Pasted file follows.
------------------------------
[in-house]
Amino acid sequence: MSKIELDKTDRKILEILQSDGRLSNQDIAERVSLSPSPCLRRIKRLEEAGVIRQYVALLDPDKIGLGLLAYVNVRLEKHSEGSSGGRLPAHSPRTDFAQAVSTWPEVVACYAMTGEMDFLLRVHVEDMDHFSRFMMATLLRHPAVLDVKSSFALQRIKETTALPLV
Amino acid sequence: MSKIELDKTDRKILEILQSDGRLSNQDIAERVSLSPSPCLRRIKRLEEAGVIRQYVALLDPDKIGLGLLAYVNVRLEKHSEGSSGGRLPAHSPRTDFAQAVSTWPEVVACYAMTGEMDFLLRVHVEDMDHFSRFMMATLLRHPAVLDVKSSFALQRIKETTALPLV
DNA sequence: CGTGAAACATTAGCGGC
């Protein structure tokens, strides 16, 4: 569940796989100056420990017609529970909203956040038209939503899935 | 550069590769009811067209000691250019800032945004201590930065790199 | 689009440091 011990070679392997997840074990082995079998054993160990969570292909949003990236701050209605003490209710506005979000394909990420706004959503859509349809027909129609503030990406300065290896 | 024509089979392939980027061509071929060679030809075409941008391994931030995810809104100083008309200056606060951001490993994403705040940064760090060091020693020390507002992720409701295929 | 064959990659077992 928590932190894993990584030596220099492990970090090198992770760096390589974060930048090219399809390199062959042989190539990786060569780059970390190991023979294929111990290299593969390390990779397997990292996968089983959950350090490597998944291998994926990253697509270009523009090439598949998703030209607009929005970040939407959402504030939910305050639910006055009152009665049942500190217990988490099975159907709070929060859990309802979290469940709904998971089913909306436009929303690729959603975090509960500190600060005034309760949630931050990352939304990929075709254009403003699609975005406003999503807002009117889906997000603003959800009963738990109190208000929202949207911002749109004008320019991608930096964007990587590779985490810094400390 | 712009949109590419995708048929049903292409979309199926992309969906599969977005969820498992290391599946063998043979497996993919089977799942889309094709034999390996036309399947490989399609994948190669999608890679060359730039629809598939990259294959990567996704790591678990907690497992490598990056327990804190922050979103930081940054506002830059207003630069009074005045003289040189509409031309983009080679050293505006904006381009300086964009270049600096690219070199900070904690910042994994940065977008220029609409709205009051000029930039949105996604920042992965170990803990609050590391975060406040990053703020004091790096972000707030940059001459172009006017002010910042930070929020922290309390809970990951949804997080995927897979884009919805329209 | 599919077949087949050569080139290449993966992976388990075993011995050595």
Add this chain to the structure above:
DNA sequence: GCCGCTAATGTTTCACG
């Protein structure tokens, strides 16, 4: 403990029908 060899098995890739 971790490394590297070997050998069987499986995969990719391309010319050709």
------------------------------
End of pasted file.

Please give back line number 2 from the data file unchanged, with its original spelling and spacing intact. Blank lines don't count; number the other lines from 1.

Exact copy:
Amino acid sequence: MSKIELDKTDRKILEILQSDGRLSNQDIAERVSLSPSPCLRRIKRLEEAGVIRQYVALLDPDKIGLGLLAYVNVRLEKHSEGSSGGRLPAHSPRTDFAQAVSTWPEVVACYAMTGEMDFLLRVHVEDMDHFSRFMMATLLRHPAVLDVKSSFALQRIKETTALPLV